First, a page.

Slavery is the practice of forced labor and restricted liberty. It is also a regime where one class of people - the slave owners - could force another - the slaves - to work and limit their liberty. Throughout history, some forms of slavery existed as punishment for committing crimes or to pay off debts. In the United States, individuals were forced into slavery, born into slavery, and were slaves for life based on their race. Slaves were recognized as property or objects of the slave owners. Slavery was widely accepted worldwide, and many countries gained their capital from the practice of slavery, especially from the triangular trade among Europe, Africa, and America. The United States abolished slavery through the 13th Amendment after the Civil War. While the practice of slavery is no longer legal, it still does exist. According to the 18 U.S. Code § 1583, individuals may be fined or be imprisoned for life if they kidnap, carry away, or use any other method to hold someone against their will.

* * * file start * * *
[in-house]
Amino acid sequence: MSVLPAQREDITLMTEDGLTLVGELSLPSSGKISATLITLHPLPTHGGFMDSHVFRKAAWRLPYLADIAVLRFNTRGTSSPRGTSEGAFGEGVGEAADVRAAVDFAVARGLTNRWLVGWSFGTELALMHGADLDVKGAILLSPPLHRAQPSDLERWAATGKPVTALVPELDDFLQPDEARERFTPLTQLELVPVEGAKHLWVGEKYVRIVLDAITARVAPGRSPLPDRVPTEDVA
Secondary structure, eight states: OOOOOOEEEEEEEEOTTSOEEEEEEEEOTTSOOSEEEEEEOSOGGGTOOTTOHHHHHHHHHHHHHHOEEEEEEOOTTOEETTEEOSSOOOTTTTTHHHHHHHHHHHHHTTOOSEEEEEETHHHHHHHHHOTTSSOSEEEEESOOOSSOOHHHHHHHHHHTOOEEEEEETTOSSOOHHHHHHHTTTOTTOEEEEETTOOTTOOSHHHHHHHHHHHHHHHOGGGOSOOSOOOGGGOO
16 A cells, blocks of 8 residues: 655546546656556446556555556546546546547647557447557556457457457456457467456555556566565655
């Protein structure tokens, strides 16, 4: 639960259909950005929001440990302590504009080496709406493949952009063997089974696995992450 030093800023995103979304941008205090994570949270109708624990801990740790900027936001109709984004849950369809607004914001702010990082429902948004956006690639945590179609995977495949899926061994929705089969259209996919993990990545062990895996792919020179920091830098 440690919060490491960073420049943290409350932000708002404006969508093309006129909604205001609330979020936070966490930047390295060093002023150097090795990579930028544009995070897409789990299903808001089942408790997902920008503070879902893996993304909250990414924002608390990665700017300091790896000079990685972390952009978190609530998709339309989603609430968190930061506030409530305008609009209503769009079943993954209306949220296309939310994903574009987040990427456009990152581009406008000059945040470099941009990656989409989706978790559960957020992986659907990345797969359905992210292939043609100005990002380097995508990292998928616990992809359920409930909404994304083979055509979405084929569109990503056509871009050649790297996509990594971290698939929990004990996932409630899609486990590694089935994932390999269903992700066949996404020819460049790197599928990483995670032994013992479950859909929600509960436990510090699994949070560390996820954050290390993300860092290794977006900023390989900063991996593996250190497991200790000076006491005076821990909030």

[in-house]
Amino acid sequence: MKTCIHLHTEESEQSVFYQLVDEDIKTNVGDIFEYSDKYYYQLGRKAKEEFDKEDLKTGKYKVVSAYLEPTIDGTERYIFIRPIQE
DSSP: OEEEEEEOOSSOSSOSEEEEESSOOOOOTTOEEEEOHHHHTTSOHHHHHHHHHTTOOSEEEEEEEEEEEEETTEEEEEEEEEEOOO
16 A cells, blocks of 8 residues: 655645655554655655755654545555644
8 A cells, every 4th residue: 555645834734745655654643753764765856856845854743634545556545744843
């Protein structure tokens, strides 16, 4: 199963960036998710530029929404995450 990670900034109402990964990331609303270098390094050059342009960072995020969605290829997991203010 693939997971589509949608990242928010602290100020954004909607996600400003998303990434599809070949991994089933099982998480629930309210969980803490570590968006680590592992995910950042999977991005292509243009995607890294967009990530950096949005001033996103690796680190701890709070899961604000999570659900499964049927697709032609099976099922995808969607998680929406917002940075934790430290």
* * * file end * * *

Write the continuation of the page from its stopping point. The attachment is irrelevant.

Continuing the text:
See also: human trafficking, sexual slavery

[Last updated in May of 2022 by the Wex Definitions Team]